Cameroon's national soccer/football team, the Indomitable Lions, has qualified for FIFA competitions six times, more than any other African team. In 1990, they became the first team in Africa to make it to the quarterfinals of the FIFA World Cup. They went on to win the gold medal at the 2000 Sydney Olympic Games.

It takes about 5,000 years (give or take) for photons to escape the sun’s core. Once they are out, though, it takes just 8.3 minutes for them to reach Earth. The sunlight we see is thousands of years old!

Cleopatra remains fascinating, 2,047 years after her death. To date, she has been the subject of five ballets, seven films, forty-five operas, seventy-seven plays, and innumerable paintings.

In the 1880s, a baboon named Jack worked as the assistant to a paraplegic signalman for nine years on a South African railroad. Jack was paid in brandy and never made a mistake.

The first free Muslim in the Americas might have been Anthony Janszoon van Salee. He was Muslim because his father, Jan Janszoon, was a successful Dutch Barbary Corsair who converted to Islam and ended up running a small city-state for pirates in today’s Morocco.


Anthony, his fourth son, for some reason decided to immigrate to Dutch New Amsterdam in 1630. He became quite wealthy in what is today New York, but always remained a Muslim. And he used his position to support other religious minorities -- Anthony  once was fined for housing an English Quaker at his home

The Bamileke of Cameroon exhume and honor the skulls of their ancestors with singing and dancing two years after the initial burial. They believe the skulls hold the ancestral spirit. And the ancestral spirit has the power to bring good or bad fortune. So the exhumed skulls are often kept close to family members, such as inside the floor of the home.

The conflict between Sudan and South Sudan is Africa's longest civil war. It raged from 1955 to 1972, and after a ten-year break, the civil war restarted in 1983 and lasted until 2005. In total, the civil war lasted 39 years. It left over 2.5 million Sudanese dead, and more than 4 million displaced.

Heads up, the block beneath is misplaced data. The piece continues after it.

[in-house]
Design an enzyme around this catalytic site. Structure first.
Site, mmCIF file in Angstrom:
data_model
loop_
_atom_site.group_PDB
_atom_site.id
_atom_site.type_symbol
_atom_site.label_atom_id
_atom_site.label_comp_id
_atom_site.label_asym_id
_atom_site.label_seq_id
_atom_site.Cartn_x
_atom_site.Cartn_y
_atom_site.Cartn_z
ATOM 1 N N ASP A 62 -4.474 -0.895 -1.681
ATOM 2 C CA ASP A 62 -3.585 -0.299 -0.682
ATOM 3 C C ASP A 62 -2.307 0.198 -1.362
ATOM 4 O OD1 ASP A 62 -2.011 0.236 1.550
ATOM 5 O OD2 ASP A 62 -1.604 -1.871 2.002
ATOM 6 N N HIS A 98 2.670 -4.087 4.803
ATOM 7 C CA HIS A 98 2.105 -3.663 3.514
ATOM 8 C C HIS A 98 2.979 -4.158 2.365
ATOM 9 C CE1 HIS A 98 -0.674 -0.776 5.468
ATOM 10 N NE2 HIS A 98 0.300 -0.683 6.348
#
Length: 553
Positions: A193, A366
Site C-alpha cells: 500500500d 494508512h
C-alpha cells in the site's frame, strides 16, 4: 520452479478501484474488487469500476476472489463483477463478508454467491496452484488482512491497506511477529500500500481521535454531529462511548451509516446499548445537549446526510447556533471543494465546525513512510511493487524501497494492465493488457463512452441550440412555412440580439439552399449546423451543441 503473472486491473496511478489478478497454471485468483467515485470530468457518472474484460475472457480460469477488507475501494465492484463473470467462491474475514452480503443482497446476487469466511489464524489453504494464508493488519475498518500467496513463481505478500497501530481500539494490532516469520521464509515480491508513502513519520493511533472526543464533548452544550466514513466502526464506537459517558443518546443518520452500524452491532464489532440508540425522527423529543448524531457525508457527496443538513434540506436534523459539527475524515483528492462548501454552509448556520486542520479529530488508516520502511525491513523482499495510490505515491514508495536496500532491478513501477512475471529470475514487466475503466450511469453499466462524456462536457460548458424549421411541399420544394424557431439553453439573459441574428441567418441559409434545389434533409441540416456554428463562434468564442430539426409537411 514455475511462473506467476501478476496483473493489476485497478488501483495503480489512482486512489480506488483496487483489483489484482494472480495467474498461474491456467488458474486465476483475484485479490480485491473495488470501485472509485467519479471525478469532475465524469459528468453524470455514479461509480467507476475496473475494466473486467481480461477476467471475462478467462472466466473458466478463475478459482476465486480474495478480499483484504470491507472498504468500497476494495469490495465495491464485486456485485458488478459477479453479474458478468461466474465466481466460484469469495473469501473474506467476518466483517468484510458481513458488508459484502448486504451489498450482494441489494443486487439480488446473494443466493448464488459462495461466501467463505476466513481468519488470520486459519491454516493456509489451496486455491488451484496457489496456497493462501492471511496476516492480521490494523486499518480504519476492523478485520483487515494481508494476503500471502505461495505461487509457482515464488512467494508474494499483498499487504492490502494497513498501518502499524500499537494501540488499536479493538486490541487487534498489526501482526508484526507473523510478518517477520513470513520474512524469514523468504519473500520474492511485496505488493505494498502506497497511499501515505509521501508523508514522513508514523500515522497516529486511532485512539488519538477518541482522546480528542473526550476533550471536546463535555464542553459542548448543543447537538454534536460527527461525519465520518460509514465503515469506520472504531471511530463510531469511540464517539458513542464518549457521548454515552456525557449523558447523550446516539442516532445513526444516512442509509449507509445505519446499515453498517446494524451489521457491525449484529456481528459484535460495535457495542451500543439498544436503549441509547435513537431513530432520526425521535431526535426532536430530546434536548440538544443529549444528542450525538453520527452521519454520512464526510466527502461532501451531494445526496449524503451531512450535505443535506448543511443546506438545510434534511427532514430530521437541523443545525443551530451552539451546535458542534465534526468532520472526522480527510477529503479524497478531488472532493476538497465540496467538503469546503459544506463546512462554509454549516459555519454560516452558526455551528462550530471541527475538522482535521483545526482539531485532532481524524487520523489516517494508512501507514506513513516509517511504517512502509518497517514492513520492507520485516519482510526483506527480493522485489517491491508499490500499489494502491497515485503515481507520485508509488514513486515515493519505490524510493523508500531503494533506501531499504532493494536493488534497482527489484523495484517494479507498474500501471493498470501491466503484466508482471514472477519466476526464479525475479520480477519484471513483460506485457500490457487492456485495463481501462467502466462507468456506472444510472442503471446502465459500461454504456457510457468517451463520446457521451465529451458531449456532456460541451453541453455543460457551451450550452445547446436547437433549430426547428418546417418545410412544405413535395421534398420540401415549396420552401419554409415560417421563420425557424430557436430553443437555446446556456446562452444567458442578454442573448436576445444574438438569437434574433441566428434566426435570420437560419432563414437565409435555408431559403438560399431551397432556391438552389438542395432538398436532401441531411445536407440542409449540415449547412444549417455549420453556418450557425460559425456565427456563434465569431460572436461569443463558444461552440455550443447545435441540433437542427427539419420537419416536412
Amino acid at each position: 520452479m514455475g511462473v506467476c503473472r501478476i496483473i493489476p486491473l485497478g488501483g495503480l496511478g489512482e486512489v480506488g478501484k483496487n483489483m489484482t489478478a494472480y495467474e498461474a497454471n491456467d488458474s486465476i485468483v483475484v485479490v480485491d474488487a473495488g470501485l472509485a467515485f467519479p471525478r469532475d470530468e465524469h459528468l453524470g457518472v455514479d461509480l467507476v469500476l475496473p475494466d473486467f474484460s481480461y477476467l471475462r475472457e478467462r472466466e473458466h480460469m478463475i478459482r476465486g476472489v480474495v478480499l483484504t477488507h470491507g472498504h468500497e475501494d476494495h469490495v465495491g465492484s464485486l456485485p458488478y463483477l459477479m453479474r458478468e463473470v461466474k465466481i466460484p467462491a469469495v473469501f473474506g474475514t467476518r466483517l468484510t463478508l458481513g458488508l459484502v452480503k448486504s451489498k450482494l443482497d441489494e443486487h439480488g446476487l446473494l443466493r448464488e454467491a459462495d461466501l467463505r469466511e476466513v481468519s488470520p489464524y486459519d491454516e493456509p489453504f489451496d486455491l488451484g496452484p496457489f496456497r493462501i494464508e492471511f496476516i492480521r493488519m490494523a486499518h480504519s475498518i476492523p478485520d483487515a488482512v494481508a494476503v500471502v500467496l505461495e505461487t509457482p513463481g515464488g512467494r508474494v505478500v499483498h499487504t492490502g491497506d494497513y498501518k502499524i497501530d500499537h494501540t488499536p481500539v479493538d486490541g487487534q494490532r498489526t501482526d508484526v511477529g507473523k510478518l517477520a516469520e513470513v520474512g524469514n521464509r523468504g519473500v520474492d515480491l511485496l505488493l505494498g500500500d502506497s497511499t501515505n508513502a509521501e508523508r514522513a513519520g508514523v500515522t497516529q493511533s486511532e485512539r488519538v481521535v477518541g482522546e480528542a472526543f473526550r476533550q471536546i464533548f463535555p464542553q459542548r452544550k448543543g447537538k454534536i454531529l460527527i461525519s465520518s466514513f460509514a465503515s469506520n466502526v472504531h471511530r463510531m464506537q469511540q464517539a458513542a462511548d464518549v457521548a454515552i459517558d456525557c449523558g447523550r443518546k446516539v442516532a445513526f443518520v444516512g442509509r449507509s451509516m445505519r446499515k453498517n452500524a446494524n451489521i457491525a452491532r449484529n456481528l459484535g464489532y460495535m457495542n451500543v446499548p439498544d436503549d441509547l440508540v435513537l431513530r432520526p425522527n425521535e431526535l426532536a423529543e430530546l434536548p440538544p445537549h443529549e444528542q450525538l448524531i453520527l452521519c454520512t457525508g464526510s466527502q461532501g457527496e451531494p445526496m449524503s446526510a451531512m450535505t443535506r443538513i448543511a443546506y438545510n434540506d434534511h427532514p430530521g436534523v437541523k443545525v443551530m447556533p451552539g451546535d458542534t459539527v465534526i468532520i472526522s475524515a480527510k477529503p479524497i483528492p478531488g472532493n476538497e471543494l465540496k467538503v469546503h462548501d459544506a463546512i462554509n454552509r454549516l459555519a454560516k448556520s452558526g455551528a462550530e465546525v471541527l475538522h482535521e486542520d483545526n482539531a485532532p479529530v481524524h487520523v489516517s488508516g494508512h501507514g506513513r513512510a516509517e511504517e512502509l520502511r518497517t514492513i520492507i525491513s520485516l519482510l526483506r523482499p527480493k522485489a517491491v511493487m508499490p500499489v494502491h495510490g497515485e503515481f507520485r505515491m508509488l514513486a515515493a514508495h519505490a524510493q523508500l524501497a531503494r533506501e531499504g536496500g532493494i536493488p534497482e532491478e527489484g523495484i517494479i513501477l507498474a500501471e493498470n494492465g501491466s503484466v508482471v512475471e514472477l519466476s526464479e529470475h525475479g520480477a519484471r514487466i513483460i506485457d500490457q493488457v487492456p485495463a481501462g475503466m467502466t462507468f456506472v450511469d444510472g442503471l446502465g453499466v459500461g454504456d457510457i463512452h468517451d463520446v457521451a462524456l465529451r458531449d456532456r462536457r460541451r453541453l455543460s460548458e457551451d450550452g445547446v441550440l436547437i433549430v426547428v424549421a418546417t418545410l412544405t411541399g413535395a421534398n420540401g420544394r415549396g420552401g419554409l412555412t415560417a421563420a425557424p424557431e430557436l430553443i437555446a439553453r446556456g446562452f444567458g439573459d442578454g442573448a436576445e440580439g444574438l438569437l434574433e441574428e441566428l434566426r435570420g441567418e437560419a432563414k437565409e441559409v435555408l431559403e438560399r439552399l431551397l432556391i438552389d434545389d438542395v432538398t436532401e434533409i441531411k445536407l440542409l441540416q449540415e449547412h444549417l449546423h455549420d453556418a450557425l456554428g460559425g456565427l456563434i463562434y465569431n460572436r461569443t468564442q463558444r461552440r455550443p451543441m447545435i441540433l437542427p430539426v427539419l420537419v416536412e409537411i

What’s A King To A Caesar?

From 27 BCE to 1946 CE, someone, somewhere in Europe has had a title “Caesar.” The czar of Russia, the kaiser of Germany...many, many European titles were just local derivatives of “Caesar.”

The last Caesar was Tsar Simeon II of Bulgaria, who was removed from office in 1946 by the Soviets. He’s still alive, too!

Where Did Numbers Come From?

Our earliest numbers were actually...letters. Confusing, right? Thank goodness for the Indians and their common-sense answer of creating a whole separate set of symbols for numbers.

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    HISTORICAL NON-FICTION

    By Lillian Audette

    This blog is a collection of the interesting, the weird, and sometimes the need-to-know about history, culled from around the internet. It has pictures, it has quotes, it occasionally has my own opinions on things. If you want to know more about anything posted, follow the link at the "source" on the bottom of each post. And if you really like my work, buy me a coffee or become a patron!

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